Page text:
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When the late Ottawa filmmaker Frank Cole set out to cross the Sahara Desert, he didn't use a four-wheel drive. He climbed onto a camel.

The result is Life Without Death, a feature-length documentary about Cole's lonely trip in 1989-1990 from the Atlantic Ocean to the Red Sea.

"He wanted to do it the old way," said film producer Francis Miquet, interviewed after a press screening. "The film is very much Frank's vision."

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Cole, 46, returned last fall to North Africa and was slain by bandits near the start of an even tougher feat: crossing the Sahara in both directions.

The death occurred in mid-October in Mali, about 75 kilometres east of Timbuktu.

"It was an area he'd been warned not to travel in," said Miquet. "His luck ran out."

The movie, praised at festivals, will be shown in theatres in some Canadian cities including Toronto, Vancouver, Edmonton, Montreal and Winnipeg.

Cole's family and friends didn't learn of his death until recently. There's no reference to it in the movie, which deals only with the initial hazardous crossing.

In the documentary, Cole is seen travelling by camel: He used more than half a dozen, buying a fresh one whenever an animal was too worn out to continue.

Usually, Cole is accompanied by a guide for protection against attackers. His voice-over explains, "In the Sahara, all people travel together, for security."

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The 11-month journey began Nov. 29, 1989, with Cole travelling through Mauritania, Mali, Niger, Chad and Sudan, often passing through civil or tribal war zones.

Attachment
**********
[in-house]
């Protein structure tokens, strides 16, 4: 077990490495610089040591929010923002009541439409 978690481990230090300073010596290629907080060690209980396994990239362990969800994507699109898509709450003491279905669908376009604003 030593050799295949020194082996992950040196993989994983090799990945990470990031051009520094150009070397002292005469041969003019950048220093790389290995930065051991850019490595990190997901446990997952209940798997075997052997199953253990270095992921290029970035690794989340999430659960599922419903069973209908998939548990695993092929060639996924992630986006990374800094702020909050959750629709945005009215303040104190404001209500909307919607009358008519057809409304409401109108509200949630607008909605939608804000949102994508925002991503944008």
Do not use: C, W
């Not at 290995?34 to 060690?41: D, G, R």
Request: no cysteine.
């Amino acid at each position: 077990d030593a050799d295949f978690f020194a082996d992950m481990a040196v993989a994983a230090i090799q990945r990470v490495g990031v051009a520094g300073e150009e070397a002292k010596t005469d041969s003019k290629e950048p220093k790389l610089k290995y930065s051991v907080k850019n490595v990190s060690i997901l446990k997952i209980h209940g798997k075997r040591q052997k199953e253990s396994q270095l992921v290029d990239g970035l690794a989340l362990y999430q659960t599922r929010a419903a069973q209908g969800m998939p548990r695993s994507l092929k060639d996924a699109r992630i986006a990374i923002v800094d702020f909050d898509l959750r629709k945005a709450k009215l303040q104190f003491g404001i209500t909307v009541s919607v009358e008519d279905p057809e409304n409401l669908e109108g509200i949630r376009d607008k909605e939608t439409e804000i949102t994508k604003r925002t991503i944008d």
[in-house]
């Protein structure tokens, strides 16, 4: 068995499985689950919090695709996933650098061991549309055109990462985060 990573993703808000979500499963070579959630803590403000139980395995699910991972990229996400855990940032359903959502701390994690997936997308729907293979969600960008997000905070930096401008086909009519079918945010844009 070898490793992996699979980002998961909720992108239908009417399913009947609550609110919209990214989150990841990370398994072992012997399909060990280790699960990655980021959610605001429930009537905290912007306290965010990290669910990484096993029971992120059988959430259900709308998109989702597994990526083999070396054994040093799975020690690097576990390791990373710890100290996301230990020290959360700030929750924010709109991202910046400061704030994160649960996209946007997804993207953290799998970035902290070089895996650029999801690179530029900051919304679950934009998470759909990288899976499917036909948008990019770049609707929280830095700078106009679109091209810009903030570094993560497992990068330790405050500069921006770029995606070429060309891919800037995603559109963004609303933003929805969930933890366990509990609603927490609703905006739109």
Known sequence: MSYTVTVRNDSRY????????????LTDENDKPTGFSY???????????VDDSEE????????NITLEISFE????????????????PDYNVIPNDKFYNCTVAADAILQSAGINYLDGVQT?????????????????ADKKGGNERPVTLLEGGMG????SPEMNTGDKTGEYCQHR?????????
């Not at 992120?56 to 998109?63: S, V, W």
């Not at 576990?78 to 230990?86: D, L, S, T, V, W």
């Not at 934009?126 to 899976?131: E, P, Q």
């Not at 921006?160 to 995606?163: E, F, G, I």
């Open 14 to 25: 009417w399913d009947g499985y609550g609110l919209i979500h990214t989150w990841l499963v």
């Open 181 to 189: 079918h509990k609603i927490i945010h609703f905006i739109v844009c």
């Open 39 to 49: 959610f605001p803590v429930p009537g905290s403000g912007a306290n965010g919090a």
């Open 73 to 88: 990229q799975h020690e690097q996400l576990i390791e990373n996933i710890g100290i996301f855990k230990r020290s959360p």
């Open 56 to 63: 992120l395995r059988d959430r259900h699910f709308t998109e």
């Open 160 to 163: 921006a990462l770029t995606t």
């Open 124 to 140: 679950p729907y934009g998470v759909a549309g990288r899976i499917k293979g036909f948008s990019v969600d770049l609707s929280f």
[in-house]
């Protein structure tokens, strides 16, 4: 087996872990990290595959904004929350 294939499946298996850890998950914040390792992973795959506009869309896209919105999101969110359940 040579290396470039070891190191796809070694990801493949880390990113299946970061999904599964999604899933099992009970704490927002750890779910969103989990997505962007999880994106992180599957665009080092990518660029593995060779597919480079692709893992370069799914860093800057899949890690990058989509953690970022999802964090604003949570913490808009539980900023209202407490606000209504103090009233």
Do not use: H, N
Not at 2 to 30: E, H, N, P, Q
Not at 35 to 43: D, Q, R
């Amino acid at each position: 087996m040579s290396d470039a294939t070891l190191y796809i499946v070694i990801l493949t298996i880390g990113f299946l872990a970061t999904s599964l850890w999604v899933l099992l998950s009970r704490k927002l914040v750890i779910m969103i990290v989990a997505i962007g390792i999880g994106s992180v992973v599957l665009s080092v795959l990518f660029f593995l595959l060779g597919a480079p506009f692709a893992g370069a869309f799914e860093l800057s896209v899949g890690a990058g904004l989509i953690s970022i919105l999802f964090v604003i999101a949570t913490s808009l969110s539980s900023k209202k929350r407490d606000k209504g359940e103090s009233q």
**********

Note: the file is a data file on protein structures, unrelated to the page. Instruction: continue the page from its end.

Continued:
The guides come and go. Sometimes they don't know the way either, or they decide to abandon Cole out of fear for their own lives. Cole often gets lost.

But he always has his Bolex camera, equipped with a timer mechanism that enables him to capture images of himself fighting off disease and exposure.

"Heat stroke can be fatal," Cole, who spent years hardening his body and building muscles in preparation for the trip, explains in a matter-of-fact voice.

In addition to visual effects, the film has music by Richard Horowitz, the composer on Bernardo Bertolucci's North African movie The Sheltering Sky.

The film flashes back to scenes of Cole's elderly grandfather, whose death shook him badly. On the trip, Cole carries a small vial containing some of the old man's ashes, as a reminder.

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While searching for watering holes that may exist on a map but not in real life, Cole often captures strikingly beautiful images of desert plants and animals.

Arriving at an oasis, he says, "I long to stay, build a life for myself. There's no death here."

Cole's life was often put in extreme danger by the journey, which includes confrontations with military authorities who suspect him of spying for their enemies.

The filmmaker, who drew acclaim for his 1988 first feature, A Life, gets discouraged by the trip's exhausting hardships. But he doesn't give up and he isn't suicidal.

Miquet said Cole thought that science would eventually find a way to extend life indefinitely.

"He was an idealist," said Miquet, who compared Cole's trek and spiritual quest to a mountain-climber's daring.

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"Not accepting death was part of his belief."

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